Spiritual Torment

But "spiritual torment" was to be her lot for years to come, slackening only when she started preparing for her long-awaited First Communion. At the age of eleven, on 8 May 1884, she received her first "kiss of love," a sense of being united with Jesus, of His giving Himself to her, as she gave herself to Him. Her eucharistic hunger made her long for daily communion. Confirmation, "the sacrament of Love," which she received on 14 June 1884, filled her with ecstasy. Holidays in Trouville and Saint-Ouen-le-Pin were followed, however, by a retreat that triggered a crisis of scruples, lasting seventeen months. Her sister, Marie, helped her to overcome it. But Marie in her turn entered the Lisieux Carmel on 15 October 1886. This was too much for the adolescent Thérèse, who had now lost a third mother. She was nearly fourteen and already strikingly good-looking, 1.62 meters tall, with magnificent eyes and long hair. She attracted notice on the beach in Trouville, where people nicknamed her "the tall English girl." But she was tormented by an inner anguish that found relief only when, in November 1886, she appealed to her four brothers and sisters in heaven to intercede for her. Even then, she remained hypersensitive, weak-willed, "crying at having cried"!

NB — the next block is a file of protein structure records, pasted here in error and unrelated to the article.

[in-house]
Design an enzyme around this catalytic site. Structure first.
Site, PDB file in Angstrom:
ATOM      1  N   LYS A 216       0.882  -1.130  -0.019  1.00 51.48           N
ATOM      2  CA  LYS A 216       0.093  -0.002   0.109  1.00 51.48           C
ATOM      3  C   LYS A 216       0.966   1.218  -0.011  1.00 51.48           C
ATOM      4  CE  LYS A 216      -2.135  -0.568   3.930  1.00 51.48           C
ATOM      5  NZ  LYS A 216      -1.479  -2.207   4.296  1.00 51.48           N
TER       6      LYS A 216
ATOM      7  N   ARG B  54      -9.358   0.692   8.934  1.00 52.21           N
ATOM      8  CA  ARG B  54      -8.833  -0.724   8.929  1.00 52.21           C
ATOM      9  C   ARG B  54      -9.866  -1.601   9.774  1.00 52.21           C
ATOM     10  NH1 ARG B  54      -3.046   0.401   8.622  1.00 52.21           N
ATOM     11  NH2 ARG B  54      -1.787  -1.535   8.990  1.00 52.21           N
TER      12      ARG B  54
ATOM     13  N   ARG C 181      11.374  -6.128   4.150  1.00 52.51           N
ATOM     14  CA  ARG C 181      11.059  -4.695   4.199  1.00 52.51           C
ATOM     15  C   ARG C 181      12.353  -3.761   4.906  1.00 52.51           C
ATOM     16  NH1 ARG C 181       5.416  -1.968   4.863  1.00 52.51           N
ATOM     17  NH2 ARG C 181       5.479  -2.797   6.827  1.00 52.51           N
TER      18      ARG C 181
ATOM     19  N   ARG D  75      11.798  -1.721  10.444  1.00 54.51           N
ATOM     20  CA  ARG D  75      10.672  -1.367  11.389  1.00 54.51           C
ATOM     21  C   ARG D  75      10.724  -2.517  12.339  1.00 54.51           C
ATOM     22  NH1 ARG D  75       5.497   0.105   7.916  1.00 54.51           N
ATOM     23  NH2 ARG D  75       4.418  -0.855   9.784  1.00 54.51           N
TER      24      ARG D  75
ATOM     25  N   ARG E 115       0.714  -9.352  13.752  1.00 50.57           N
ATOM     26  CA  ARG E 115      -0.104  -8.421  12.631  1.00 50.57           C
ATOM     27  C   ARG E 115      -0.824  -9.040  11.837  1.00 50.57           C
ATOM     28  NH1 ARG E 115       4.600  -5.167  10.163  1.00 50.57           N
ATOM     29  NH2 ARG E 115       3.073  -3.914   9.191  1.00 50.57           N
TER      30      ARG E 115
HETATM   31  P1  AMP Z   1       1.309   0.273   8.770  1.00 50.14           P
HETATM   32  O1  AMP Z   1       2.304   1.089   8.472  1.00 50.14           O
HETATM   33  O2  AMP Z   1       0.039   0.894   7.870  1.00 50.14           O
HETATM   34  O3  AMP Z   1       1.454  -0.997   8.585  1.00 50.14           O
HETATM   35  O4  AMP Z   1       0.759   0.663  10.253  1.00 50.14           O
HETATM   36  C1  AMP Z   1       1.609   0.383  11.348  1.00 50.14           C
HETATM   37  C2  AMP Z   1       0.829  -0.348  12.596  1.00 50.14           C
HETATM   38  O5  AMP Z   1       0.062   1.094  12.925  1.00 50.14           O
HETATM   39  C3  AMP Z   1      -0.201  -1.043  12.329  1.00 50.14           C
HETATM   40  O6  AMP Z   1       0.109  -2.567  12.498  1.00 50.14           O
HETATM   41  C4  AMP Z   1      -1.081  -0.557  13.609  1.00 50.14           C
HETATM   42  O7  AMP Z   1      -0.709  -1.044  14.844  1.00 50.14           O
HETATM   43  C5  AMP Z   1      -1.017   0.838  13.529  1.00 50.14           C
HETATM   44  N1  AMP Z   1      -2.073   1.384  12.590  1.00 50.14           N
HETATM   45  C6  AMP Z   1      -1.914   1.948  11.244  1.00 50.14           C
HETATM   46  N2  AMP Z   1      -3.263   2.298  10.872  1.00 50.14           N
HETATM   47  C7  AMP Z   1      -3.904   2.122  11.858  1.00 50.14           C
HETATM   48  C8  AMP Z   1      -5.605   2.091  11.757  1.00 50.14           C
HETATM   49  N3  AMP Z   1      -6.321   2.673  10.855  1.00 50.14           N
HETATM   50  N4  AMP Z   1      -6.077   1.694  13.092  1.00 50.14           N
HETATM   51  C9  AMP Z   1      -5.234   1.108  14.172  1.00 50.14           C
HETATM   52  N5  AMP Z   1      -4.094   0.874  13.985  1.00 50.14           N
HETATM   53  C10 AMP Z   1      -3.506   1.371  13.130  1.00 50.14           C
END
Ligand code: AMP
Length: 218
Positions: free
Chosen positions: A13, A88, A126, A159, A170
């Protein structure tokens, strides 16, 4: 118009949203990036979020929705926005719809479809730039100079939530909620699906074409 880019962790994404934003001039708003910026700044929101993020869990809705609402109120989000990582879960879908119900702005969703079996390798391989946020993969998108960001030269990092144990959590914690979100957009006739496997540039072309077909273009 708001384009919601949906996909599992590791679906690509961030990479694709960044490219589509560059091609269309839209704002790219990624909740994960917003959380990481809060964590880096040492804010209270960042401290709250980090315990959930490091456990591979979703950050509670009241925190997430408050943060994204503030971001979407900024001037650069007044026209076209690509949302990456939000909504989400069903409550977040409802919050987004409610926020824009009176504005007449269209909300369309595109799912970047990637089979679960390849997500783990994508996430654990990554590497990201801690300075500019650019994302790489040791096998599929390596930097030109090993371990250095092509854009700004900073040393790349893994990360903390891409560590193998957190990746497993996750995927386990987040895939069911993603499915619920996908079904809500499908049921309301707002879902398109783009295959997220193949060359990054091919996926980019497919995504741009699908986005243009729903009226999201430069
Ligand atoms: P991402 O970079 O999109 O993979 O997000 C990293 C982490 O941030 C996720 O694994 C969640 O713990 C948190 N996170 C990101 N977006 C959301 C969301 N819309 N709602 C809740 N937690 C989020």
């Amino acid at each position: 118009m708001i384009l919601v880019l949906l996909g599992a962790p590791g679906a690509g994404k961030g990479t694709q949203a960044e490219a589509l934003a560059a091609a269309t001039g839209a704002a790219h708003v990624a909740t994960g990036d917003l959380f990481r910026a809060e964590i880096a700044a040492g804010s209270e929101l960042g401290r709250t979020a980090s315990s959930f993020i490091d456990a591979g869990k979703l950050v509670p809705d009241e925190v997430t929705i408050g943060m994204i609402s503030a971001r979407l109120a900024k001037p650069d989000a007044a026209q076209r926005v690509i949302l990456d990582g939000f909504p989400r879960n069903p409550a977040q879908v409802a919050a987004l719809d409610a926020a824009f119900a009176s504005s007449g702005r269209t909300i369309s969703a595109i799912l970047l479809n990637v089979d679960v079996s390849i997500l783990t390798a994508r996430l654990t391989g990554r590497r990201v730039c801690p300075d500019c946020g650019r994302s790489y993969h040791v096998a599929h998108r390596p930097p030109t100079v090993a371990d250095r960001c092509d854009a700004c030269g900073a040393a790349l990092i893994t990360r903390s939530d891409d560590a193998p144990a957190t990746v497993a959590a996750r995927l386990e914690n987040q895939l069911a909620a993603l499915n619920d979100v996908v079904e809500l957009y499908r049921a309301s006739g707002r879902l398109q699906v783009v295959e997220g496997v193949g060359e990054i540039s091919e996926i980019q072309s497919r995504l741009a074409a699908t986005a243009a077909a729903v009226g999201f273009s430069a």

Every time Thérèse even imagined that someone was criticizing her or didn't appreciate her, she burst into tears. Then she would cry because she had cried! Any inner wall she built to contain her wild emotions crumpled immediately before the tiniest comment.

How could she possibly enter the Carmel—something she had dreamed of since the age of nine as a way of living with Jesus—in this pitiful state?

Thérèse wanted to enter the Carmelite convent to join Pauline and Marie but how could she convince others that she could handle the rigors of Carmelite life, if she couldn't handle her own emotional outbursts? She had prayed that Jesus would help her but there was no sign of an answer.

continued